Advanced Burglars: Secrets of Criminal Mastery.
Is it possible to break into someone else’s house without spending the slightest effort on it? The BBC Future correspondent plunged into the psychological state of a professional burglar in order to understand how you can defeat the burglars.
At first everything seems easy and simple. To the quiet rustle of leaves, I walk through the backyard gate, cross the lawn, open the door to the house, and go unnoticed. I am committing a crime in broad daylight, and there is no one to stop me.
The glee that gripped me clouded my mind. First, I grab the flat screen TV, but I drop it to the floor. Time passes, seconds ticking in my brain, I run up the stairs, go down and again rush upstairs.
I stuff my laptop and phone into my backpack, but in my rush I miss the biggest loot.
My accomplice Claire rolls her eyes. She points to a jacket hanging over the back of a chair, inside pockets of which might contain a wallet with credit cards and keys. Then she nods to the iPad, which I left in the chair, and the passports in the dresser drawer.
I am killed: in my imagination, I pictured myself in the form of a good robber …
But at least I don’t have to fear being caught. The house we are robbing is not real. It is on the computer monitor; it is virtual reality that I can control with my mouse.
This is the newest tool Claire Nee, a forensic psychologist at the University of Portsmouth, uses to penetrate the mind of a burglar.
In the past, offenders were seen as impulsive, promiscuous and unprincipled people. Nobody thought they were particularly smart, because, as a rule, criminals were poorly educated people, she says. This was the mistake.
Claire found that burglars and burglars possess a complex set of cognitive tools, consisting of advanced automatic skills, akin to those of chess players and tennis stars. If we cherish the hope of learning how to prevent future crime, we should recognize that criminals have special skills.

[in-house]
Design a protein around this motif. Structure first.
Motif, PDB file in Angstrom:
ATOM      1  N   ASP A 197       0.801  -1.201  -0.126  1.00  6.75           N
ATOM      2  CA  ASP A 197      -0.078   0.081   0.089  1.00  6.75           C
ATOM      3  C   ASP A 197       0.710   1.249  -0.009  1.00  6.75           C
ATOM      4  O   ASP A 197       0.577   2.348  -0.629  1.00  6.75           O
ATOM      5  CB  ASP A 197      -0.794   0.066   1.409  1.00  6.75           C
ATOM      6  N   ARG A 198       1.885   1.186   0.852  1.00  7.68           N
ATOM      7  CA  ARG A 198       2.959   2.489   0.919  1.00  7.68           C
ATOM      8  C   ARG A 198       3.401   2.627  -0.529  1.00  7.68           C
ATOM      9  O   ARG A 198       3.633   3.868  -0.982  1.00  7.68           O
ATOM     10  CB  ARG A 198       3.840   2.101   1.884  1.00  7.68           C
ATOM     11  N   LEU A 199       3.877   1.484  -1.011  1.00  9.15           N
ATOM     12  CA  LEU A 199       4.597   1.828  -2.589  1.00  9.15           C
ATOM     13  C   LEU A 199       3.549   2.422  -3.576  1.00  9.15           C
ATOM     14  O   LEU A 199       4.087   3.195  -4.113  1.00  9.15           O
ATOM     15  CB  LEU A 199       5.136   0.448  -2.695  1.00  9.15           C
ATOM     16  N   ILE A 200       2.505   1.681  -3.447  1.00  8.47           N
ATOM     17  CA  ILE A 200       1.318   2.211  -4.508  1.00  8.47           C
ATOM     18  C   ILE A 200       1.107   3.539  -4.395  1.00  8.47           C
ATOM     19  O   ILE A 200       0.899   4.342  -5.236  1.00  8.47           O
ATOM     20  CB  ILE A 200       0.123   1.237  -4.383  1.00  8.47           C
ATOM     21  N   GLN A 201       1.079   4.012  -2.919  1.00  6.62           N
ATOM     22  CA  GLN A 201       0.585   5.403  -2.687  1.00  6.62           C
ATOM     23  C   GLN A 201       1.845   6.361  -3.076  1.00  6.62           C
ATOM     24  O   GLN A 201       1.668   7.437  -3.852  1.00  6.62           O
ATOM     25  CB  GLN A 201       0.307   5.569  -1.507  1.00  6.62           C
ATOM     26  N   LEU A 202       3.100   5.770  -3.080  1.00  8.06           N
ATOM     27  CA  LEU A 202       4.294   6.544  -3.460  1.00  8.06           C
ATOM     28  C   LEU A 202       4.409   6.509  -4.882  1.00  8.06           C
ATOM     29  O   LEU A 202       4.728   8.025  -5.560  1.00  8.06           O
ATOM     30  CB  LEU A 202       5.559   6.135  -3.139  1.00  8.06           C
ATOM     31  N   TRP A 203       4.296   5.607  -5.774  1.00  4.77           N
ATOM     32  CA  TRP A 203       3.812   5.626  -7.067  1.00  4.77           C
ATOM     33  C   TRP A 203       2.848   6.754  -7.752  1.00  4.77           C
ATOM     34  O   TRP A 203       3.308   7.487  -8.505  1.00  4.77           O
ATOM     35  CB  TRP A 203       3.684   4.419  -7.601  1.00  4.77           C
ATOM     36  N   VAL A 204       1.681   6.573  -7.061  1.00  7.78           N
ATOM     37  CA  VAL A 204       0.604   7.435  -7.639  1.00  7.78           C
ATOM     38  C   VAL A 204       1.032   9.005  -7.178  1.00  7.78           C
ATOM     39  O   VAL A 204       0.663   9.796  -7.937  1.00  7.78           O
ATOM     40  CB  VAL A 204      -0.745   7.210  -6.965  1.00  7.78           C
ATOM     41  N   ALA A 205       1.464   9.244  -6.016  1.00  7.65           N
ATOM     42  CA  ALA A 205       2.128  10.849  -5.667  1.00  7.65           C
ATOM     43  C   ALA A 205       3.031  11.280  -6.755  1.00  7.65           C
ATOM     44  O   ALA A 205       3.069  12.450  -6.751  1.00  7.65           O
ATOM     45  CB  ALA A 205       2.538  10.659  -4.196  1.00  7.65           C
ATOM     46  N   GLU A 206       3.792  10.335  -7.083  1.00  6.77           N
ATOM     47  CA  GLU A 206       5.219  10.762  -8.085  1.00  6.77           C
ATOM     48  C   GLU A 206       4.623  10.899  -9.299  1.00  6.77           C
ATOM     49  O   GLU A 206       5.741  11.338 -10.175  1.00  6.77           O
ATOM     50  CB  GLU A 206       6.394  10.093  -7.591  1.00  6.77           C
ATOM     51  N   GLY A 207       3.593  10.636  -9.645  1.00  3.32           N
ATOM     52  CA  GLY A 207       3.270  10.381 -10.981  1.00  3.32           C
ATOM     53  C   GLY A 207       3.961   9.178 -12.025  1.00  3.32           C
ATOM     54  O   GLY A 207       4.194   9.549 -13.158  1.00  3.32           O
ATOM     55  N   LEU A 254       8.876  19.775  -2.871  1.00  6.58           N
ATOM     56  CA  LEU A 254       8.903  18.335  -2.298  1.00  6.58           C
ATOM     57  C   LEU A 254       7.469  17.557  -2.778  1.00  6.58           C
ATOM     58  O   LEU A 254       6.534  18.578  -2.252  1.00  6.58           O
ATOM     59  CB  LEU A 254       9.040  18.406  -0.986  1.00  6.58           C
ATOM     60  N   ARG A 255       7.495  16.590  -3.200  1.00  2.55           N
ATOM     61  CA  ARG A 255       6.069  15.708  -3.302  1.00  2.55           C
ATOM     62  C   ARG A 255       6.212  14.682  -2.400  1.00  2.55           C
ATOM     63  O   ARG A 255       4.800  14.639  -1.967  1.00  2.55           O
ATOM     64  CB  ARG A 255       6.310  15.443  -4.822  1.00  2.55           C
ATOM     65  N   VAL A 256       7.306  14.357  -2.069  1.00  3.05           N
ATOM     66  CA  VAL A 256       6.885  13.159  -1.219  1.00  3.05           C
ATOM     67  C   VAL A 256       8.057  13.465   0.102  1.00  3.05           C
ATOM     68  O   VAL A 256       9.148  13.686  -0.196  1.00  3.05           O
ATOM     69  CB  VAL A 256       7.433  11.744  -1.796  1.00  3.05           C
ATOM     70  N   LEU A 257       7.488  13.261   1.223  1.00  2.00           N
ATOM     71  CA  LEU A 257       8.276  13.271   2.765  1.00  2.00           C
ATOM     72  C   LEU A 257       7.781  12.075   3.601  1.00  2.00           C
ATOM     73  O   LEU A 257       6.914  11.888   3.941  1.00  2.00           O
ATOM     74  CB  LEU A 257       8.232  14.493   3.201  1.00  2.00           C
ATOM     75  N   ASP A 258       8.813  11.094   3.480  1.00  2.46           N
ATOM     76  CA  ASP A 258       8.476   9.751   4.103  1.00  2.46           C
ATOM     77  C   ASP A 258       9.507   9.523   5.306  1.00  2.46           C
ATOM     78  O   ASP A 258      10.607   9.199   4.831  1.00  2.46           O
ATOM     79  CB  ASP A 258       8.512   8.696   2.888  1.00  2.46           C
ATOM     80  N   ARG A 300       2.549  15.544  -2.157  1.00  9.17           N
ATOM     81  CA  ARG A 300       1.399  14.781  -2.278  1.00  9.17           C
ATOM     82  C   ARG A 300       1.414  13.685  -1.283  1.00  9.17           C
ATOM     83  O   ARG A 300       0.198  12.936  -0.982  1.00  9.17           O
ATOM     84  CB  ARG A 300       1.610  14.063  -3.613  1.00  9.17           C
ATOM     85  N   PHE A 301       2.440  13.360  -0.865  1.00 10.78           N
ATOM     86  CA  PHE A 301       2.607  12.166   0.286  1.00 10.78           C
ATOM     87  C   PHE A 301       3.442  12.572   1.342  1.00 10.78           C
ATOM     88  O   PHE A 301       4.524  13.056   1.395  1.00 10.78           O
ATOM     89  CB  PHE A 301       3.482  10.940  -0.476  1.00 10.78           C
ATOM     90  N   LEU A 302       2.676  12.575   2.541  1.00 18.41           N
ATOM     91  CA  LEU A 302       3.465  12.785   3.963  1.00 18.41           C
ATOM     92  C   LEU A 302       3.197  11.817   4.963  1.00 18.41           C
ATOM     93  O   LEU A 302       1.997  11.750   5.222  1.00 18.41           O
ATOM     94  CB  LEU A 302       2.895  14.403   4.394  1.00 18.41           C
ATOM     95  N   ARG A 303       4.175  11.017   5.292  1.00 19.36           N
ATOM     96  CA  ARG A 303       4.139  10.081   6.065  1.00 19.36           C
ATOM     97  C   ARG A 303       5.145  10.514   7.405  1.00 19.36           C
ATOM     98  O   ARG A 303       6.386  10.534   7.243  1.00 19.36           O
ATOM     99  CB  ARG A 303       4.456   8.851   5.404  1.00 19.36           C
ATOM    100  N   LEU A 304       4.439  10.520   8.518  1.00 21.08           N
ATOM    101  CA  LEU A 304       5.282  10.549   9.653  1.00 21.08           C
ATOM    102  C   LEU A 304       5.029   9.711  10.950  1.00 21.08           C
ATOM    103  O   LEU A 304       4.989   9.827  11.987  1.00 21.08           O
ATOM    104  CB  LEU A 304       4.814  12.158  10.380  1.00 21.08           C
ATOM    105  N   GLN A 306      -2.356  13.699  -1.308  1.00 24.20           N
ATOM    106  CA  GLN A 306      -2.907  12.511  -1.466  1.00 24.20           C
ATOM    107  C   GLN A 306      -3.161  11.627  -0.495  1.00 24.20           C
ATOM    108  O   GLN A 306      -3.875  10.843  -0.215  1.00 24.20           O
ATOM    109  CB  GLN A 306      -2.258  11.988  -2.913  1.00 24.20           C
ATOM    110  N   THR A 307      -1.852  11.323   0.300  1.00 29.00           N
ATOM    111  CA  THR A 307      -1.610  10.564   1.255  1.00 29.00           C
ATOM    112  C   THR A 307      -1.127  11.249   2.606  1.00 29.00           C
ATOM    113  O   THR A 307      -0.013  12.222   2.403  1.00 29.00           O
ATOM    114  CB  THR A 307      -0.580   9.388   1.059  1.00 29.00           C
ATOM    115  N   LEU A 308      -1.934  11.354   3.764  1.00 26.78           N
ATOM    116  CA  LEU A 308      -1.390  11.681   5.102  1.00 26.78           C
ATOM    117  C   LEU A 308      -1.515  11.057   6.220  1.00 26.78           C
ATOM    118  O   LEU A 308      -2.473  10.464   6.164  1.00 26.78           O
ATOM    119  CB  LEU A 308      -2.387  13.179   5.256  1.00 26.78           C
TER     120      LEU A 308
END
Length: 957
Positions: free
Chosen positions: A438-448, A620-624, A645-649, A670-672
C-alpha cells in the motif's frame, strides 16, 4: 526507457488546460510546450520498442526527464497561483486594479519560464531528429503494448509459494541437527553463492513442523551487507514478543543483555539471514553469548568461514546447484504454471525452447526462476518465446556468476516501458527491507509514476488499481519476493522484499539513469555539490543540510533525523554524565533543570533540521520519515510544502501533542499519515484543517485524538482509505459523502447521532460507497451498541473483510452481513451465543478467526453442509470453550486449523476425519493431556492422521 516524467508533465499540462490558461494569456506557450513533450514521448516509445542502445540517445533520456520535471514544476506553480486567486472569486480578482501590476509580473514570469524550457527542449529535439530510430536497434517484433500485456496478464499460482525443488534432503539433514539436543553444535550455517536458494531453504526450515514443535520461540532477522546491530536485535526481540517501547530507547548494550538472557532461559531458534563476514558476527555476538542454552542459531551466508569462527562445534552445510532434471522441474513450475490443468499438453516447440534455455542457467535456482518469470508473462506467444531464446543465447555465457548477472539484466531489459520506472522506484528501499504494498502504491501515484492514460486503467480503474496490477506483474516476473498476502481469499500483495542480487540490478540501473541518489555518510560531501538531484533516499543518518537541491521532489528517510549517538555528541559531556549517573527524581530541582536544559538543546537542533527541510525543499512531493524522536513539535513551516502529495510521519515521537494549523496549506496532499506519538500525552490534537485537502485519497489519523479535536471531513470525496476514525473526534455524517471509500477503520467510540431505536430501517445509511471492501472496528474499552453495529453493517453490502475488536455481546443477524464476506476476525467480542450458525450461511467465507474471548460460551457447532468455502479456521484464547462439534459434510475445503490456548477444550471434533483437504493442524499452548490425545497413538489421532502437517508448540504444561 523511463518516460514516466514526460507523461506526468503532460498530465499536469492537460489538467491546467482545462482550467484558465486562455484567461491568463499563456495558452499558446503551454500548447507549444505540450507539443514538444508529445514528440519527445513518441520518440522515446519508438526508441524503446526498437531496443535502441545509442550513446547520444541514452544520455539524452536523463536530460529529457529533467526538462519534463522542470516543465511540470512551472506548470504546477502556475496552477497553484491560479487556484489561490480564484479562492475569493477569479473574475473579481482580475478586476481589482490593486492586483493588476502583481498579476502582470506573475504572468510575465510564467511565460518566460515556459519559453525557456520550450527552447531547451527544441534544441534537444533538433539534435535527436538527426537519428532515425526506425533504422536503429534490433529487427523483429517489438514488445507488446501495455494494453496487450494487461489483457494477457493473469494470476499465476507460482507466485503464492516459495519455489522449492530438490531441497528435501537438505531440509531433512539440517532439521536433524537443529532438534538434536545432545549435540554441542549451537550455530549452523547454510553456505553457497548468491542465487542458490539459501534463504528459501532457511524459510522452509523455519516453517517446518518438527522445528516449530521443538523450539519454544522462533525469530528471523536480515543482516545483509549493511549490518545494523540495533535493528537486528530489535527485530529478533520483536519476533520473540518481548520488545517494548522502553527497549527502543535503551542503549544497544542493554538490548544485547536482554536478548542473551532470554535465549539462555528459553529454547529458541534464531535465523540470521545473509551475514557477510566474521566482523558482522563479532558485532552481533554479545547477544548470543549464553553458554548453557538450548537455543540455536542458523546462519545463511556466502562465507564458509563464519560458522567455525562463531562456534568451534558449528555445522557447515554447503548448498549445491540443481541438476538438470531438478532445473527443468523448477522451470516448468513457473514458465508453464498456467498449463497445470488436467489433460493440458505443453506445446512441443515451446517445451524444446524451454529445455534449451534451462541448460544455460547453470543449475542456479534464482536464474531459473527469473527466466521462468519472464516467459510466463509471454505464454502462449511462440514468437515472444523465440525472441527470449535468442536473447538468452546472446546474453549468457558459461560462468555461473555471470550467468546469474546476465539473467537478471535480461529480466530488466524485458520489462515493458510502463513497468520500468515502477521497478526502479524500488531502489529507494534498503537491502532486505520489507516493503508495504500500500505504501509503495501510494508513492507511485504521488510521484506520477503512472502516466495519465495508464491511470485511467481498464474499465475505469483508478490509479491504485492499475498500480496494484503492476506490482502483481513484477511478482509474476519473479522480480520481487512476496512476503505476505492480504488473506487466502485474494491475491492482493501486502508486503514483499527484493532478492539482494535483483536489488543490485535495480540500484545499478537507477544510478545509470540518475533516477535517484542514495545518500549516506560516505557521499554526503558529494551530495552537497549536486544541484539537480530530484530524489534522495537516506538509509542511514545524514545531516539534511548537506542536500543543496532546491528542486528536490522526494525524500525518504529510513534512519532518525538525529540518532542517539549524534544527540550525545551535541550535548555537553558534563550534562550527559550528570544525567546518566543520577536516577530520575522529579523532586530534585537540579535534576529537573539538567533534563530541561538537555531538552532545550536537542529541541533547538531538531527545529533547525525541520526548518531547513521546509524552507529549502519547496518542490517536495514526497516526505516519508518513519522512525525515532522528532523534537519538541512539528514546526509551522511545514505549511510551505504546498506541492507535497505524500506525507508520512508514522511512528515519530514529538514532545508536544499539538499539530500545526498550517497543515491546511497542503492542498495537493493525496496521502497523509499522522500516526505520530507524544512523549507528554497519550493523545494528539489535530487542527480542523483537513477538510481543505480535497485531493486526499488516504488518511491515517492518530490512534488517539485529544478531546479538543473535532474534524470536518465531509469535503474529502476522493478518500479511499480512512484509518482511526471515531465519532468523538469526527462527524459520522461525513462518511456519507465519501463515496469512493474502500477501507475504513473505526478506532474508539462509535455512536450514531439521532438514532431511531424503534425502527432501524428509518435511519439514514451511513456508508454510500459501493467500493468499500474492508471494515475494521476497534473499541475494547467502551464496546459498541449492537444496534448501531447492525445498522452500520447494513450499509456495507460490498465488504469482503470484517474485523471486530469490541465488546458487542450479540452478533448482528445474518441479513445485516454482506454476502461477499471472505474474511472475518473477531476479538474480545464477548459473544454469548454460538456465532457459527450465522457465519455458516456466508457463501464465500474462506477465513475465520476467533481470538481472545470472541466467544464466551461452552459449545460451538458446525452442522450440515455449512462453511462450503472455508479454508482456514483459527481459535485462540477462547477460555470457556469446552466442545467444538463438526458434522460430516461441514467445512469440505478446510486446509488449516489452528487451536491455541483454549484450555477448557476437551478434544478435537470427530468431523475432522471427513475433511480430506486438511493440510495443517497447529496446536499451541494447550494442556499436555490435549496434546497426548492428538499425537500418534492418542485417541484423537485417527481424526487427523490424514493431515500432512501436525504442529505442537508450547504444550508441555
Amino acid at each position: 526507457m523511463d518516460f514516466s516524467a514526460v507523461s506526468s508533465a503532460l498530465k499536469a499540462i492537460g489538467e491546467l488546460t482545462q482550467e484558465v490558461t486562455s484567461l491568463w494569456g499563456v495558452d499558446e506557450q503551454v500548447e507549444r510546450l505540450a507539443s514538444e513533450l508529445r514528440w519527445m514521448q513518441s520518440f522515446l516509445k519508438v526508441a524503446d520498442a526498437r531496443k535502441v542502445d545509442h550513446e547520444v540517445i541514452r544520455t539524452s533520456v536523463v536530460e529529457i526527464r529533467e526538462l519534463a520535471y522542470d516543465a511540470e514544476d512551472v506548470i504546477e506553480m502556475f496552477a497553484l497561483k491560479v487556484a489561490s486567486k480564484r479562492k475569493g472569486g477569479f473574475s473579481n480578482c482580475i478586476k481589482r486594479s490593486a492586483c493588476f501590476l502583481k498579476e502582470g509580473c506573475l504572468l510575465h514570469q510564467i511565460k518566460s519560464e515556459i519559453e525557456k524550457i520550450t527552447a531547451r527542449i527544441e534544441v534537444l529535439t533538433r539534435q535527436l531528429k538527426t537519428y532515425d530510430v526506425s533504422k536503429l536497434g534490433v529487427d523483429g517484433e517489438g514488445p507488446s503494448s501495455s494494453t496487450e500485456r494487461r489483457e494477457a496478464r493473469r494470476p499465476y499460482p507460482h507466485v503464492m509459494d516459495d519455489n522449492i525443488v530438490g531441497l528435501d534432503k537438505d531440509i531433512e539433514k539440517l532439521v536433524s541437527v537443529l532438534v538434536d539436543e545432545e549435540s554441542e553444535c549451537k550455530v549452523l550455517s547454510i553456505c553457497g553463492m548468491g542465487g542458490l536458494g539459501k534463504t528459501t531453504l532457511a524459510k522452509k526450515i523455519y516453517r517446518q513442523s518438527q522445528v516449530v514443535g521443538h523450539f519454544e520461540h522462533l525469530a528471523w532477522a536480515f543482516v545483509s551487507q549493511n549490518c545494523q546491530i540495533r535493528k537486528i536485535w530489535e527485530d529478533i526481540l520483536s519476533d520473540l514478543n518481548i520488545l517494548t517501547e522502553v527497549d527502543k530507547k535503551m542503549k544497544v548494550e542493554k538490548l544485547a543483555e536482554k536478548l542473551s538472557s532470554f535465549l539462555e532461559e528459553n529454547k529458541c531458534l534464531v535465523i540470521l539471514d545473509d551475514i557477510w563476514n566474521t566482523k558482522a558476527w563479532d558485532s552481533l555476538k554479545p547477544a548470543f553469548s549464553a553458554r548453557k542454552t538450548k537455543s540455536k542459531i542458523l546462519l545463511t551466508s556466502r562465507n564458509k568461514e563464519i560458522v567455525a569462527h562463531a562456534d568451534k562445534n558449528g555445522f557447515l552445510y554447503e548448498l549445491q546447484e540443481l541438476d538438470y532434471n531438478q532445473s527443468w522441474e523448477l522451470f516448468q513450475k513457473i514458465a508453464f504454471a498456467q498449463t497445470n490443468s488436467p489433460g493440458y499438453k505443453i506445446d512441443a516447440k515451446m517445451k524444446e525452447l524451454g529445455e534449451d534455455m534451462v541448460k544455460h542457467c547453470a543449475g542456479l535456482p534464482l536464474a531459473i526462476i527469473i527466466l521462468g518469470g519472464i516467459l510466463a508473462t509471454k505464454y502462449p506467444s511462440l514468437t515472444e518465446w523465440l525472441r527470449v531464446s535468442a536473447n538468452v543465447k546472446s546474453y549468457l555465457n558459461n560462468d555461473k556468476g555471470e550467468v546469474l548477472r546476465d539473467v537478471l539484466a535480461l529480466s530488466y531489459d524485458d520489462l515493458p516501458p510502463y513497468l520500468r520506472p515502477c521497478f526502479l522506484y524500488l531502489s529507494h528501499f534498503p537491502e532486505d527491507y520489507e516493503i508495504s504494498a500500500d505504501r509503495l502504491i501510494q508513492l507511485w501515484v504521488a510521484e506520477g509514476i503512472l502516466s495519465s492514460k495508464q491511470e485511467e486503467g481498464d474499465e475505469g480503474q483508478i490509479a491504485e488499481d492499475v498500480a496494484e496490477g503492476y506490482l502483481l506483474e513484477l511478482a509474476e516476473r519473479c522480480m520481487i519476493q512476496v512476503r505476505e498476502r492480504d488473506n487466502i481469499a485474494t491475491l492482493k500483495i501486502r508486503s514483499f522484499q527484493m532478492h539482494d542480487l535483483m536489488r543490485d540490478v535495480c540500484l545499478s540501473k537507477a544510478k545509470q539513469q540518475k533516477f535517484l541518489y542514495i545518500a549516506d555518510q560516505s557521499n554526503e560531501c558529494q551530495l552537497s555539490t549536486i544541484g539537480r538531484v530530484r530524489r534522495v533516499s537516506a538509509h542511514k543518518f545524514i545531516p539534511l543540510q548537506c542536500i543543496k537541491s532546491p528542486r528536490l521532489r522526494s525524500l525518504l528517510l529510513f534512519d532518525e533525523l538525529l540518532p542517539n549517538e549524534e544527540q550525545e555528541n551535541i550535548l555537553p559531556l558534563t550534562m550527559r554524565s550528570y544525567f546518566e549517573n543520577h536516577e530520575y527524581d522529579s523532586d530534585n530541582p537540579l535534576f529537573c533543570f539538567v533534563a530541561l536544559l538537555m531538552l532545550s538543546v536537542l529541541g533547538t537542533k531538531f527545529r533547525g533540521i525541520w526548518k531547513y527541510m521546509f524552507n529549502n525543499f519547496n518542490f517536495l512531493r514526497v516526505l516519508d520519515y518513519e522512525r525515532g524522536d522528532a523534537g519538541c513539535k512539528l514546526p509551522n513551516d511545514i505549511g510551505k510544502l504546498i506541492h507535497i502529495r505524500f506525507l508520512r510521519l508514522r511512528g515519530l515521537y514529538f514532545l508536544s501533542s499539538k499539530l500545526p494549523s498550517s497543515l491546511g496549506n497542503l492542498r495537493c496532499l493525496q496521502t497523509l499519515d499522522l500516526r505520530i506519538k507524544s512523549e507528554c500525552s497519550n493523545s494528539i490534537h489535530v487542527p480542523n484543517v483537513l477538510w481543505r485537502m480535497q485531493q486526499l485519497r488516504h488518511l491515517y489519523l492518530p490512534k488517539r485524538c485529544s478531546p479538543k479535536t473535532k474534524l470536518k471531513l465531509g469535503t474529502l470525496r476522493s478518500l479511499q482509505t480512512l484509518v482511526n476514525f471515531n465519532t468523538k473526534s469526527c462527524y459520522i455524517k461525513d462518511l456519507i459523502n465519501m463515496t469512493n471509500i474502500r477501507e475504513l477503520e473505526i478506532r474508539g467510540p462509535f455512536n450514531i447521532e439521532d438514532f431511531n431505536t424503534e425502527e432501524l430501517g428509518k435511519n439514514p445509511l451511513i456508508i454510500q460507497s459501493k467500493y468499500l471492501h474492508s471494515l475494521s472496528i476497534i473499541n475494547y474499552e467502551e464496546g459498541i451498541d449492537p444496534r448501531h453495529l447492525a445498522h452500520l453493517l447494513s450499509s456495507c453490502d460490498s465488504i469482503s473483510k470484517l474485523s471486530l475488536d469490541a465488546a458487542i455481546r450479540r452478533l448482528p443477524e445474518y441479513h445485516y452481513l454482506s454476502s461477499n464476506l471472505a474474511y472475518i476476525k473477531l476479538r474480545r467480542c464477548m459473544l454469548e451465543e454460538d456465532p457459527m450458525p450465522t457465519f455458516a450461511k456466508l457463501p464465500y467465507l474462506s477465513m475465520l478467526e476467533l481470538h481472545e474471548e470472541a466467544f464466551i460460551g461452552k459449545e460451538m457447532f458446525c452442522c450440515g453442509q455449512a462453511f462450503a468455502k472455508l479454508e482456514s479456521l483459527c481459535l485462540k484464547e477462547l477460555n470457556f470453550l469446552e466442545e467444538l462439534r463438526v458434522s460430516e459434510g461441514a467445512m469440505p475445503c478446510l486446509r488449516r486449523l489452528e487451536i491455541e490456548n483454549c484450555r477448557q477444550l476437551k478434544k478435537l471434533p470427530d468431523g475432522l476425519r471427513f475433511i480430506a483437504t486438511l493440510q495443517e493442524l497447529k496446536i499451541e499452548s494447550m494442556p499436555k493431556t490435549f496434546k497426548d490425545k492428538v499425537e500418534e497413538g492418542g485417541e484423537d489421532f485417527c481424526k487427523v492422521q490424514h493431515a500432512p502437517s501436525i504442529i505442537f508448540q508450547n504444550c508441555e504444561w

Claire Nee began her research work in prisons, where she meticulously questioned offenders about their mistakes. She carefully explored the depths of their memory through interviews and questionnaires. In addition, she showed her interlocutors photographs and plans of houses and streets, encouraging them to recreate the way of thinking and actions of the day when they went on the crime. Do you think the convicted burglars were suspicious or hostile towards the one who tried to find out their secrets?
Not at all! They were just happy to be able to open up.
For the most part, they are incredibly bored. And in reality, they tend to be genuinely happy that someone is interested in what they are doing, ”says Nee.
But Claire Nee and her team were in for surprises. In one of her recent experiments, she invited a group of students and convicted burglars to a police safe house to watch the burglars enter the premises.
The back door was open, but the engineers who were filming were surprised to find a couple of burglars entering the apartment through a window high above their heads. As it turned out later, I forgot that I had left my briefcase downstairs. I watched a video of a burglar.
He rummaged through my portfolio and found all my money; it was something, – she recalls.
Claire Nee has shown through her experiments that most robbers operate on professional autopilot, allowing them to quickly and efficiently take advantage of every opportunity.
It all starts long before the day the crime is committed. When the cracker begins to feel the need for money, he (or she) begins tracking the daily routine of the potential victim – for example, pays attention to when the subject is walking the dog. Burglars, however, are surprisingly flexible in their approach and can change their minds and change plans at any time.
Let’s say they find a house that is easy to get into through a window openingstijdens or door, left open by mistake, or due to the absence of owners.